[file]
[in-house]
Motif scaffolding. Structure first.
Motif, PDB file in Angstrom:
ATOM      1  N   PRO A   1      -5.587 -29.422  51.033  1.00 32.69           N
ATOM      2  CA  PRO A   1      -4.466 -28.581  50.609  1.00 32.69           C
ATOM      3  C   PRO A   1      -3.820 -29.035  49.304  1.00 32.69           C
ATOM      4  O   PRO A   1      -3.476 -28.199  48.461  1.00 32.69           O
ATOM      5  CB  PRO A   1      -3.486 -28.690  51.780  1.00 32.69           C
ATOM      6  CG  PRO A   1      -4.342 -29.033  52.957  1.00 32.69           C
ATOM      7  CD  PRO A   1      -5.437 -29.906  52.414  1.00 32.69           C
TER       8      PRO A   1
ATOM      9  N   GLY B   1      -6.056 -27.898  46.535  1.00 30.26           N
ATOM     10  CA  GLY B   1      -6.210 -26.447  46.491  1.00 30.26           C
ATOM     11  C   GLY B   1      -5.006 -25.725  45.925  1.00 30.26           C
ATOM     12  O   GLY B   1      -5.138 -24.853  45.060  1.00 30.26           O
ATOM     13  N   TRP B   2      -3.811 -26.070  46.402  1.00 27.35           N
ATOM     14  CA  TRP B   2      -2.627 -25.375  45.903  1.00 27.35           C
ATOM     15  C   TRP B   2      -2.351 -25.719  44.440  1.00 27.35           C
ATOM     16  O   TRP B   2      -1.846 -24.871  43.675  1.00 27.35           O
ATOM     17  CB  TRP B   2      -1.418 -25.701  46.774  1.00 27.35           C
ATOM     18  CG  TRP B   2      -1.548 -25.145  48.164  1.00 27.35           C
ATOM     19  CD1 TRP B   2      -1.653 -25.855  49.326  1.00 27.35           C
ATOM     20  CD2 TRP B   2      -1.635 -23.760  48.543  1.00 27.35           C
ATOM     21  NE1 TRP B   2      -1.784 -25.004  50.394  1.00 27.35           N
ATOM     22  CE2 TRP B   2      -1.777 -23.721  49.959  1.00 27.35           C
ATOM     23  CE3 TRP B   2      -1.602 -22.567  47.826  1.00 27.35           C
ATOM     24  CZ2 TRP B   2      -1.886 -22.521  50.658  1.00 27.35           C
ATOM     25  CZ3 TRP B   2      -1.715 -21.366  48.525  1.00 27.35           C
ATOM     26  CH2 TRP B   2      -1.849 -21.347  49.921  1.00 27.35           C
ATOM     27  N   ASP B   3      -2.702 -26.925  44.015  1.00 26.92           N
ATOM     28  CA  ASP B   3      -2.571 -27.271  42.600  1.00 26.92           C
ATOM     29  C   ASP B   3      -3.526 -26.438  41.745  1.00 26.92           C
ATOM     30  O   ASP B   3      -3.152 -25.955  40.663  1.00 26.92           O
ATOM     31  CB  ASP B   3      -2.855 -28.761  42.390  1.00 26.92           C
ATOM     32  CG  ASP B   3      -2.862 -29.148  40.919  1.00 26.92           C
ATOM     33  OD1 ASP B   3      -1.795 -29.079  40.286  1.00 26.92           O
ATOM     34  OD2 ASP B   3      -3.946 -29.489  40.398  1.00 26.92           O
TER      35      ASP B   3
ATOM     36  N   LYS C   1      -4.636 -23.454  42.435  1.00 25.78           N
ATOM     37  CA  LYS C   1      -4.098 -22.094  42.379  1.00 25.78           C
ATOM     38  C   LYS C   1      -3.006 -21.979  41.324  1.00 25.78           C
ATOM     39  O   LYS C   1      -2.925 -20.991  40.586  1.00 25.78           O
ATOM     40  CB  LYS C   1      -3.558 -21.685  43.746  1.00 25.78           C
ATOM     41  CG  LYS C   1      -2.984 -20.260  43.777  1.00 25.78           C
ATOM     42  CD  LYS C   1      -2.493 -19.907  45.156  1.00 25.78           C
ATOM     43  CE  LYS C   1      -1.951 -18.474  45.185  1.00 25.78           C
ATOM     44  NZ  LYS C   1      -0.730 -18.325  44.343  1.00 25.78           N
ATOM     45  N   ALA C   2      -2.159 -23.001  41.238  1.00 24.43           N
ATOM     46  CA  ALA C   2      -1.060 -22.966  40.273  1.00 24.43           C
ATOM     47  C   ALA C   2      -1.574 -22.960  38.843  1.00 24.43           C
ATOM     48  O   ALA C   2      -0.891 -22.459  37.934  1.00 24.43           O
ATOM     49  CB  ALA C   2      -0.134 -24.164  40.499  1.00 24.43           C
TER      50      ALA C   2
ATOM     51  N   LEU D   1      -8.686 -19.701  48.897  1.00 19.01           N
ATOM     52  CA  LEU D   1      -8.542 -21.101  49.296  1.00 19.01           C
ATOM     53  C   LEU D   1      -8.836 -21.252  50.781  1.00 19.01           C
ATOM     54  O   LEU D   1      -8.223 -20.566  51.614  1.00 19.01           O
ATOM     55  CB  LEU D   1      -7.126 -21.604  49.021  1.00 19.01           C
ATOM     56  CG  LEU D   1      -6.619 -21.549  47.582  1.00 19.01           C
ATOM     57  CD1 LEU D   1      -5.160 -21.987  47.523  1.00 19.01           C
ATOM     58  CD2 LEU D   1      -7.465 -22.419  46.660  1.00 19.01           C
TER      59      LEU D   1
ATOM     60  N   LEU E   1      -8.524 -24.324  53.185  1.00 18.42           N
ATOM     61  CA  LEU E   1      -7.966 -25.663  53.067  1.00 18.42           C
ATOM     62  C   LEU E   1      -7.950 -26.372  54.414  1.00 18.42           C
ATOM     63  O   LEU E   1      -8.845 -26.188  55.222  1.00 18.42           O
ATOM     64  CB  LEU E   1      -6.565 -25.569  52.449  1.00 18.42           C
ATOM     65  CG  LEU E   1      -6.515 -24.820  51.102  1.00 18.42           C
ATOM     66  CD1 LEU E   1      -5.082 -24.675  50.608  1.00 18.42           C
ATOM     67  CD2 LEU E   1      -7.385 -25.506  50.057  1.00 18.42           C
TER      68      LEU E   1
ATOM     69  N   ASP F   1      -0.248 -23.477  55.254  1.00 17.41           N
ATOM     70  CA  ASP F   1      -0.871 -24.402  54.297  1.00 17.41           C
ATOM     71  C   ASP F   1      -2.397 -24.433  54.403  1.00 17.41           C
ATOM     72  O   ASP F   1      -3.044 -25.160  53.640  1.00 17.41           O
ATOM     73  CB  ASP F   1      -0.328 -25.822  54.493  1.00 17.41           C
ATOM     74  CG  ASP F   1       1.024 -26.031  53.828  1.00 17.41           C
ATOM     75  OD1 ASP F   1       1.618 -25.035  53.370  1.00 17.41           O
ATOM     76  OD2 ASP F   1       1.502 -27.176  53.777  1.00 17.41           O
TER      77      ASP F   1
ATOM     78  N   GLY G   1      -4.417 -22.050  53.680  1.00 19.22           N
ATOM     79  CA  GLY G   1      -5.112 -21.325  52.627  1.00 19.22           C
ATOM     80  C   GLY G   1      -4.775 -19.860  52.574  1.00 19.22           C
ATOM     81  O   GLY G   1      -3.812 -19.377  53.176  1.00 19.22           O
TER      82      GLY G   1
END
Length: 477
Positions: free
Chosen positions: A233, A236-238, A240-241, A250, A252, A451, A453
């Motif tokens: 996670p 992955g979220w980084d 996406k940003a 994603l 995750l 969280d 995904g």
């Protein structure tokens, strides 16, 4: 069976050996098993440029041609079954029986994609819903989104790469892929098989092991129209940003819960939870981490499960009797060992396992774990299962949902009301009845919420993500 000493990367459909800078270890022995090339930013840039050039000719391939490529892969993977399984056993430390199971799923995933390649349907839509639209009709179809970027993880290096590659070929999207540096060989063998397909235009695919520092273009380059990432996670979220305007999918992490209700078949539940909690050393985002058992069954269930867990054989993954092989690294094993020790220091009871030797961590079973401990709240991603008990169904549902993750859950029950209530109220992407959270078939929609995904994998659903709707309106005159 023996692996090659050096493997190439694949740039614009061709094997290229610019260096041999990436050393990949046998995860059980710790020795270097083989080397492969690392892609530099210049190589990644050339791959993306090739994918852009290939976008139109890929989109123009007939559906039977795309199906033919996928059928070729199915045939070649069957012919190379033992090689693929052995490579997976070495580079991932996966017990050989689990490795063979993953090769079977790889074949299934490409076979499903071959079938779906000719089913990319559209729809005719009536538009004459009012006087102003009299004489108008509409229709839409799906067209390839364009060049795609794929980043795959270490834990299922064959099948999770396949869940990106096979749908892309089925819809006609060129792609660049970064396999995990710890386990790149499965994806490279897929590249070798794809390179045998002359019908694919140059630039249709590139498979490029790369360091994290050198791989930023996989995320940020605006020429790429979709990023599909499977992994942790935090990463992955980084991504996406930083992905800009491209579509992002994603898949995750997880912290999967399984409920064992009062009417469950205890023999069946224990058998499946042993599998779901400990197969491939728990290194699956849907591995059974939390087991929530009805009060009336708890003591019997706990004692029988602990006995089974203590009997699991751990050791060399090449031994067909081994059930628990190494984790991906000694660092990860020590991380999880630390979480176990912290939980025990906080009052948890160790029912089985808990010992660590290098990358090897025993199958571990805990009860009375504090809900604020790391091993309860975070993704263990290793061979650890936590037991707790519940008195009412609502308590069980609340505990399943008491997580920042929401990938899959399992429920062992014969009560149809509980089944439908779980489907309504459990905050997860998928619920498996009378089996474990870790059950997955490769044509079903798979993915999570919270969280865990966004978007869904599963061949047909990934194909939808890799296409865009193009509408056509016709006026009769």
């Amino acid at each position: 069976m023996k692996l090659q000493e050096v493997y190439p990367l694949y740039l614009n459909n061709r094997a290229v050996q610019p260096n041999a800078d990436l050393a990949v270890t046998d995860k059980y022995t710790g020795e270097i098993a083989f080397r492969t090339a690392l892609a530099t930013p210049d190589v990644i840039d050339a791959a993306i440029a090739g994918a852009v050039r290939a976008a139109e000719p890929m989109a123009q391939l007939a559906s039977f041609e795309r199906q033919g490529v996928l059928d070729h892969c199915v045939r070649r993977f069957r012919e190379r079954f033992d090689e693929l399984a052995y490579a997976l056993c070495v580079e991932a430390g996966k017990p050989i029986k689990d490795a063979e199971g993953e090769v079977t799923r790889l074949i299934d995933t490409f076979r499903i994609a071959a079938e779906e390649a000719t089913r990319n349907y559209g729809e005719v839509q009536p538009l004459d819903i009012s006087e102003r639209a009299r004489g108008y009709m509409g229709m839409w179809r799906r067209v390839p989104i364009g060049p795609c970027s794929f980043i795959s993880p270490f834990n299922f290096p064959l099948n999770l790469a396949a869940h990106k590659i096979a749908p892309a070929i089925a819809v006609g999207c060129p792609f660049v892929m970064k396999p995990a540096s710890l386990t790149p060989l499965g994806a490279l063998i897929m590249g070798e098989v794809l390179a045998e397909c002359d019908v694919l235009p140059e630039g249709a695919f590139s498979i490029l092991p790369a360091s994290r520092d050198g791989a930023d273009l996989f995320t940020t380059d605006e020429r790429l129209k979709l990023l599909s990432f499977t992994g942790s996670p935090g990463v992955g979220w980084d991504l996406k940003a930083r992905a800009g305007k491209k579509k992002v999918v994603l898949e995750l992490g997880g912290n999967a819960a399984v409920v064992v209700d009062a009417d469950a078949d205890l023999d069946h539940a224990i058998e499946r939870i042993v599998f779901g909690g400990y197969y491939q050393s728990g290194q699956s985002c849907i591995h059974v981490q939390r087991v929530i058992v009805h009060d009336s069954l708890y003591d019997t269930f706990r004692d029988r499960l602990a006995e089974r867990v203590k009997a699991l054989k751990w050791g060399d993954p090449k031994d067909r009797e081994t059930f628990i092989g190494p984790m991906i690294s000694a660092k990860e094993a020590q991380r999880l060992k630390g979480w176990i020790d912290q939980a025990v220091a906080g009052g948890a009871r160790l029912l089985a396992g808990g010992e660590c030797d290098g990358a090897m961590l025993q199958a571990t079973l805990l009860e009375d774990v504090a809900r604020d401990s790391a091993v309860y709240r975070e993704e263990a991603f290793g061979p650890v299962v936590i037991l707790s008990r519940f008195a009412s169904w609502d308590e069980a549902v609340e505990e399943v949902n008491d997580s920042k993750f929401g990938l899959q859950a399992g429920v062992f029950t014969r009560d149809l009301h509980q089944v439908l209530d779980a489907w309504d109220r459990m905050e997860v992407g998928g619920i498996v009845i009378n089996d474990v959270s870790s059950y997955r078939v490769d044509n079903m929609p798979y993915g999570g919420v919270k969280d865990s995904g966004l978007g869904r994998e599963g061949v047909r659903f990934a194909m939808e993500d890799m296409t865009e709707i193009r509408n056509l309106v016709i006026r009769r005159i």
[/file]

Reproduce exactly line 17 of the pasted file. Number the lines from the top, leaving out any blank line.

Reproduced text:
ATOM     14  CA  TRP B   2      -2.627 -25.375  45.903  1.00 27.35           C